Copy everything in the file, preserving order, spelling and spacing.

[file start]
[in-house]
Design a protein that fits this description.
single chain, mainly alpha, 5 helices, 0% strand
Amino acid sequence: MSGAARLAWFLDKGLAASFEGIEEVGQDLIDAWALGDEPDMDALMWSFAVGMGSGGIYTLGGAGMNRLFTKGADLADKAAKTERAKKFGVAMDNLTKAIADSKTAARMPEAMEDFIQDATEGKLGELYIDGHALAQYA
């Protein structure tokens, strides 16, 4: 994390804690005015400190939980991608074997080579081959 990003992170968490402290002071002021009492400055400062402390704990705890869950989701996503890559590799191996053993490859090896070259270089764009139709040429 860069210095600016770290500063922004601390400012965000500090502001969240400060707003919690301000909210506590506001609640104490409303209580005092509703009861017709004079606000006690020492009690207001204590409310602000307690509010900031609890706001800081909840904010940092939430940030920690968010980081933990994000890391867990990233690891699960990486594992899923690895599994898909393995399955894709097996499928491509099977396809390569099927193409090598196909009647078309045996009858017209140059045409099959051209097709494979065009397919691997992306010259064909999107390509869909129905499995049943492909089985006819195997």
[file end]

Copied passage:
[in-house]
Design a protein that fits this description.
single chain, mainly alpha, 5 helices, 0% strand
Amino acid sequence: MSGAARLAWFLDKGLAASFEGIEEVGQDLIDAWALGDEPDMDALMWSFAVGMGSGGIYTLGGAGMNRLFTKGADLADKAAKTERAKKFGVAMDNLTKAIADSKTAARMPEAMEDFIQDATEGKLGELYIDGHALAQYA
């Protein structure tokens, strides 16, 4: 994390804690005015400190939980991608074997080579081959 990003992170968490402290002071002021009492400055400062402390704990705890869950989701996503890559590799191996053993490859090896070259270089764009139709040429 860069210095600016770290500063922004601390400012965000500090502001969240400060707003919690301000909210506590506001609640104490409303209580005092509703009861017709004079606000006690020492009690207001204590409310602000307690509010900031609890706001800081909840904010940092939430940030920690968010980081933990994000890391867990990233690891699960990486594992899923690895599994898909393995399955894709097996499928491509099977396809390569099927193409090598196909009647078309045996009858017209140059045409099959051209097709494979065009397919691997992306010259064909999107390509869909129905499995049943492909089985006819195997």